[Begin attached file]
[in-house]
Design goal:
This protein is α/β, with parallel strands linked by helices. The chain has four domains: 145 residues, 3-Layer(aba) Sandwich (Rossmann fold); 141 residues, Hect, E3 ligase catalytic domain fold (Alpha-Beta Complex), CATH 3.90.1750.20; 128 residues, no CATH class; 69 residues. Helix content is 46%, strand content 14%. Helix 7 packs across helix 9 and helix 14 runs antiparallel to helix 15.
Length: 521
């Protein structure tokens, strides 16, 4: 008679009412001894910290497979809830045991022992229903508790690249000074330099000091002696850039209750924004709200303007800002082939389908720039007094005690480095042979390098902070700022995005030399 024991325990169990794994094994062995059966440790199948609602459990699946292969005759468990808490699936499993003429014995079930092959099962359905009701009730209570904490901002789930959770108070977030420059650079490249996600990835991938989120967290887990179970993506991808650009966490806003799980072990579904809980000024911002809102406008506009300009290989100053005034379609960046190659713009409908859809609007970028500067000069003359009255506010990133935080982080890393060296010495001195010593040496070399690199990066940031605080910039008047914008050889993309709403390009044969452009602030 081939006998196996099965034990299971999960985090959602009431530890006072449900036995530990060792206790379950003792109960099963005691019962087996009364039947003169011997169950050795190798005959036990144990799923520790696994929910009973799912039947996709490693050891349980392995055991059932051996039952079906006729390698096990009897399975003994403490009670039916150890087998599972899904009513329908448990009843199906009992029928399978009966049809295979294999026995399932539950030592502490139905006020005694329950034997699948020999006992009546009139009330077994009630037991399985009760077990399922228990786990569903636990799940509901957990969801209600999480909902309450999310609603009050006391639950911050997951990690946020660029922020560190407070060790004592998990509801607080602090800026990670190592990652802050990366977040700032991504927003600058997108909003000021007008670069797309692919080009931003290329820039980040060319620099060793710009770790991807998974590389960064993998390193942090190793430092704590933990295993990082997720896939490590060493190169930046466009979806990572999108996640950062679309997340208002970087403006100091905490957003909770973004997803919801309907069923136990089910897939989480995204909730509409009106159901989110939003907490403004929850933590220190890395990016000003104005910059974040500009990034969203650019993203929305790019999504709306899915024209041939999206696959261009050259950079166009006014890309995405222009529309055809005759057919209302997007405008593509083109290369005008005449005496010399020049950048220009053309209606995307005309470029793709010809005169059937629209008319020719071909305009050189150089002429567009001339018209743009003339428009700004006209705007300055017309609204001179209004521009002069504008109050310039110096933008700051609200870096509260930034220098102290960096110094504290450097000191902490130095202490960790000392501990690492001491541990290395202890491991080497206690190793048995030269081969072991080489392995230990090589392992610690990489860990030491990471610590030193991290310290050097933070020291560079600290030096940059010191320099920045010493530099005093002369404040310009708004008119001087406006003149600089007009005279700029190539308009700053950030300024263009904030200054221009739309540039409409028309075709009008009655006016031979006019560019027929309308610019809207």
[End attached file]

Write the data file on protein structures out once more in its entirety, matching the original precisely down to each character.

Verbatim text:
[in-house]
Design goal:
This protein is α/β, with parallel strands linked by helices. The chain has four domains: 145 residues, 3-Layer(aba) Sandwich (Rossmann fold); 141 residues, Hect, E3 ligase catalytic domain fold (Alpha-Beta Complex), CATH 3.90.1750.20; 128 residues, no CATH class; 69 residues. Helix content is 46%, strand content 14%. Helix 7 packs across helix 9 and helix 14 runs antiparallel to helix 15.
Length: 521
């Protein structure tokens, strides 16, 4: 008679009412001894910290497979809830045991022992229903508790690249000074330099000091002696850039209750924004709200303007800002082939389908720039007094005690480095042979390098902070700022995005030399 024991325990169990794994094994062995059966440790199948609602459990699946292969005759468990808490699936499993003429014995079930092959099962359905009701009730209570904490901002789930959770108070977030420059650079490249996600990835991938989120967290887990179970993506991808650009966490806003799980072990579904809980000024911002809102406008506009300009290989100053005034379609960046190659713009409908859809609007970028500067000069003359009255506010990133935080982080890393060296010495001195010593040496070399690199990066940031605080910039008047914008050889993309709403390009044969452009602030 081939006998196996099965034990299971999960985090959602009431530890006072449900036995530990060792206790379950003792109960099963005691019962087996009364039947003169011997169950050795190798005959036990144990799923520790696994929910009973799912039947996709490693050891349980392995055991059932051996039952079906006729390698096990009897399975003994403490009670039916150890087998599972899904009513329908448990009843199906009992029928399978009966049809295979294999026995399932539950030592502490139905006020005694329950034997699948020999006992009546009139009330077994009630037991399985009760077990399922228990786990569903636990799940509901957990969801209600999480909902309450999310609603009050006391639950911050997951990690946020660029922020560190407070060790004592998990509801607080602090800026990670190592990652802050990366977040700032991504927003600058997108909003000021007008670069797309692919080009931003290329820039980040060319620099060793710009770790991807998974590389960064993998390193942090190793430092704590933990295993990082997720896939490590060493190169930046466009979806990572999108996640950062679309997340208002970087403006100091905490957003909770973004997803919801309907069923136990089910897939989480995204909730509409009106159901989110939003907490403004929850933590220190890395990016000003104005910059974040500009990034969203650019993203929305790019999504709306899915024209041939999206696959261009050259950079166009006014890309995405222009529309055809005759057919209302997007405008593509083109290369005008005449005496010399020049950048220009053309209606995307005309470029793709010809005169059937629209008319020719071909305009050189150089002429567009001339018209743009003339428009700004006209705007300055017309609204001179209004521009002069504008109050310039110096933008700051609200870096509260930034220098102290960096110094504290450097000191902490130095202490960790000392501990690492001491541990290395202890491991080497206690190793048995030269081969072991080489392995230990090589392992610690990489860990030491990471610590030193991290310290050097933070020291560079600290030096940059010191320099920045010493530099005093002369404040310009708004008119001087406006003149600089007009005279700029190539308009700053950030300024263009904030200054221009739309540039409409028309075709009008009655006016031979006019560019027929309308610019809207």